Different types of cross toolchains and the "multiarch problem"
Sysrooted cross toolchain
The "sysroot" is a folder on the host that contains a copy of the target's filesystem. To be more precise, only those target files needed to compile for the target, mainly libraries and their header files, but also .pc files for pkg-config and so on. A sysrooted compiler prepends the sysroot to all paths automatially. If the compiler is asked to look for includes in /usr/include/blah it will actually translate this into /sysroot/usr/include/blah without any further action needed. The advantage of this kind of cross compiler is, that it will work with unmodified build systems. Just imagine a Makefile with hardcoded include- and library paths.
The multiarch problem
The base of the recommended distribution for the RaspberryPi is Debian Wheezy, which introduces the concept of "multiarch". Other distributions like Arch Linux are much less complicated to cross compile for. The "problem" with multiarch is, that libraries that are usually located in the standard locations /lib and /usr/lib have been moved to /lib/<arch-tuple> and /usr/lib/<arch-tuple>. The compiler included in Debian Wheezy has been patched to make these paths standard, too, because no buildsystem will search standard libraries in these places otherwise. So we need to get that patch into the cross compiler, too. Otherwise it would be neccessary to put these additional paths into the build system as library search paths, but that is not what we want. I dont't want to patch the build system of a project for cross compiling. I dont't want to do that for my own projects and i can't for the others that I just use.
Where to build the cross toolchain
The Raspbian Image uses kernel 3.2 or 3.10, gcc 4.6.3 with eglibc 2.13. All libraries available on RaspberryPi therefore depend on these versions. If crosstool-ng is configured to build a cross toolchain with these versions, the build will not run trough on newer Linux distributions, because some tools are too new there, e.g. autotools. These instructions will work un Ubuntu precise (12.04) and maybe earlier versions, but will fail on Ubuntu 13.10, for example.So you need to build the cross toolchain on e.g. Ubuntu 12.04 (32 bit) and then copy the resulting cross toolchain to your favorite Linux dirtrbution.
Step 1: Download an build crosstool-ng
Download crosstool-ng version 1.18.0 from http://crosstool-ng.org/
mkdir -p $HOME/DownloadsConfigure will probably abort because it detects that some tools needed for the build are not installed on your system. Just install them and restart the configure step until it succeeds. I had to install the following packets, but depending on what is already installed on your system, you may need to install more or less packets:
mkdir -p $HOME/build
tar -xjf $HOME/Downloads/crosstool-ng-1.18.0.tar.bz2
- subversion (needed because ct-ng gets eglibc-2.13 out of its subversion repository)
- texinfo (the missing 'makeinfo' tool is in the texinfo package)
After configure completed successfully, you can start the actual build of crosstool-ng (the 'ct-ng' tool). The tool 'ct-ng' is not yet the cross compiler itself, but the tool to configure and build it, which we will do in step 2.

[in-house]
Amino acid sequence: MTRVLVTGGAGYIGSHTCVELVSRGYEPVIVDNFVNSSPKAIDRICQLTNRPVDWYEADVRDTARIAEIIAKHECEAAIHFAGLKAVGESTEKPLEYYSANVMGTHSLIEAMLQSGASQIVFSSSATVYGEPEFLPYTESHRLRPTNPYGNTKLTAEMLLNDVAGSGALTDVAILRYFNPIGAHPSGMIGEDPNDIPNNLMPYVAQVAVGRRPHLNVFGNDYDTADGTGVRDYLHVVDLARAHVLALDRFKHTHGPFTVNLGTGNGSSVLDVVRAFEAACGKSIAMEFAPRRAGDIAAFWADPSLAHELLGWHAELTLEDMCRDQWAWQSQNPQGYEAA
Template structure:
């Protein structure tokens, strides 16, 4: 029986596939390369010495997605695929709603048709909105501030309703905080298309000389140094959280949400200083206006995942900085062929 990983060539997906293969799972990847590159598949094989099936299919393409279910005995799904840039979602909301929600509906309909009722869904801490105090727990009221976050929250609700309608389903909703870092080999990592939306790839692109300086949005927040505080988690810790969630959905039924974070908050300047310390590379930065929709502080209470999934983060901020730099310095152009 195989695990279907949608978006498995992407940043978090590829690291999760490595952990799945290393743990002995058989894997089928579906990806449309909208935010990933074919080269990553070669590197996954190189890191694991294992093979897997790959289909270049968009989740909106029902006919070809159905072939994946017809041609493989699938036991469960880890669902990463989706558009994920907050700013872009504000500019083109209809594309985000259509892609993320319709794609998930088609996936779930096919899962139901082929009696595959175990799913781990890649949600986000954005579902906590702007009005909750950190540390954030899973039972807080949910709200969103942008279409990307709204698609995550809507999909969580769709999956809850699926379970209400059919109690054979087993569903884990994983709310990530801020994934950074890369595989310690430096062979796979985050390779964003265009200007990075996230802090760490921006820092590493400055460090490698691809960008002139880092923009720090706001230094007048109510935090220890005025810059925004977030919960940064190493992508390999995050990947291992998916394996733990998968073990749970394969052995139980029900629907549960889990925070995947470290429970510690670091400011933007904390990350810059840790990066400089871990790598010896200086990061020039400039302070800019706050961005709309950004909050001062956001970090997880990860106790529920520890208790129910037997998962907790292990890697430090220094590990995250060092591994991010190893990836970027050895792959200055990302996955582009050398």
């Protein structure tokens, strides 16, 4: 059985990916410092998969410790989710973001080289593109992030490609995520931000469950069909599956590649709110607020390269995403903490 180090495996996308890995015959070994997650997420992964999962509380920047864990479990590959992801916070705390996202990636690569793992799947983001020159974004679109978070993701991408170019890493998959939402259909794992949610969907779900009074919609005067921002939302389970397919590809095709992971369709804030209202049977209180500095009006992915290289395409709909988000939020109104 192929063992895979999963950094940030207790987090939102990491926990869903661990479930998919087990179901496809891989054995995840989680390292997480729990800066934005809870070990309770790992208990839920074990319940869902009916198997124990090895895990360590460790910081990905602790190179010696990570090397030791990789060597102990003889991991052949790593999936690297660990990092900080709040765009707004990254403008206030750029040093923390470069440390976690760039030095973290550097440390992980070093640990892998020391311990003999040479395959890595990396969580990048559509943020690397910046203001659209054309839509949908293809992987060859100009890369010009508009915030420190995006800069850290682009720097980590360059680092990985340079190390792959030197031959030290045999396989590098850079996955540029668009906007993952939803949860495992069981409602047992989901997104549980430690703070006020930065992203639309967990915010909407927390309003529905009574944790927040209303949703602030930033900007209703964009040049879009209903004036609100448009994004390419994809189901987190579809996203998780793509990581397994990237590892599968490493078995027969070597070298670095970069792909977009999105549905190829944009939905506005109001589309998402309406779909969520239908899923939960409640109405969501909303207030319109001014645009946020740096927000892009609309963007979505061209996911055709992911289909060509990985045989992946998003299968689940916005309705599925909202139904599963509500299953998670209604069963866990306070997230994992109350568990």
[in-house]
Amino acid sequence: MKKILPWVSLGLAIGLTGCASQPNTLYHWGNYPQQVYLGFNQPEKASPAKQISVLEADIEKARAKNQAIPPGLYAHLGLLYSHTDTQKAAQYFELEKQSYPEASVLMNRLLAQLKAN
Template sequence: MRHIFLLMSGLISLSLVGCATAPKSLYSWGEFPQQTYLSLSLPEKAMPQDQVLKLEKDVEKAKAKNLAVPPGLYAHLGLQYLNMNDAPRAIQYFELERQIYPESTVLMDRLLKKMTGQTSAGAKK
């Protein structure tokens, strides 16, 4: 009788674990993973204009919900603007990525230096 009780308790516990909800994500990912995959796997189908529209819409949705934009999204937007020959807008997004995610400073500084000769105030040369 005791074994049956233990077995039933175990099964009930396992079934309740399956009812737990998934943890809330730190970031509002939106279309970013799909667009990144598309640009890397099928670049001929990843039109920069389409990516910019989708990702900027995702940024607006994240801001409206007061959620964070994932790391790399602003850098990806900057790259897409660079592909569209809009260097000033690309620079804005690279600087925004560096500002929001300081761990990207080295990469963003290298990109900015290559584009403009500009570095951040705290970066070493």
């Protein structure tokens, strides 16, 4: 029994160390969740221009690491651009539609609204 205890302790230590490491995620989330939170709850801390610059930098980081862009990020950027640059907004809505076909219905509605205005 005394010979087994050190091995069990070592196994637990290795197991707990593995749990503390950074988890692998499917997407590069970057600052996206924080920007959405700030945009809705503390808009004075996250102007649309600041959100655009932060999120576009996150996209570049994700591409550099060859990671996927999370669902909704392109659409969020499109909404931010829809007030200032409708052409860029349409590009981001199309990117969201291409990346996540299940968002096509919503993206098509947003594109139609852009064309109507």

make && make install
Step 2: configure and build the cross compiler
Then configure crosstool, either manually:
$HOME/build/ct-ng-1.18-build/bin/ct-ng menuconfigor use these prepared settings: Download here, copy the file raspi.config to $HOME/build/ct-ng-1.18-build/bin and rename it to ".config":
cp $HOME/Downloads/raspi.config $HOME/build/ct-ng-1.18-build/bin/.configThen start the build (will take about 30 min on a fast maschine):
$HOME/build/ct-ng-1.18-build/bin/ct-ng buildWhen finished, you wiil find the newly build cross toolchain in $HOME/x-tools . But it is only the C/C++ cross compiler and the corresponding standard libs: libstdc++ and one of glibc, eglibc or dietlibc. For cross compiling more than just "hello world", this is surely not enough. You can download a tarball with a prebuild toolchain here. Just extract it in $HOME:
cd $HOME && tar -xjf Downloads/x-tools.tar.bz2
Step 3: Additional libraries for use with the cross toolchain
We get all further libraries from the RaspberryPi itself (more details to be added soon):
- install all needed libraries on the RaspberryPi. They will be needed at runtime anyway.
- install the corresponding dev packages, too. The include the header files.
- transfer both to the sysroot folder of the cross toolchain: I use rsync and transfer /lib, /usr/lib and /usr/include
- adopt symbolic links if they point to an absolute path; make them relative. I have written a python script to do that, available here.
- some libs or toolkits are somewhat special, e.g. Qt uses code generators (uic, moc, ...) that need to run on the host but use target libs => place a qt.conf file next to qmake
rsync -rav \
--include='/usr' \--exclude='/usr/bin' \
# unfortunately, the cross linker does not find the included files in /etc/ld.so.conf.d/, so include them in in /et/ld.so.conf
# any symlinks that pointed to absolute paths on the target need to become relative seen from sysroot
~/bin/adpoptsymlinks -s $(pwd)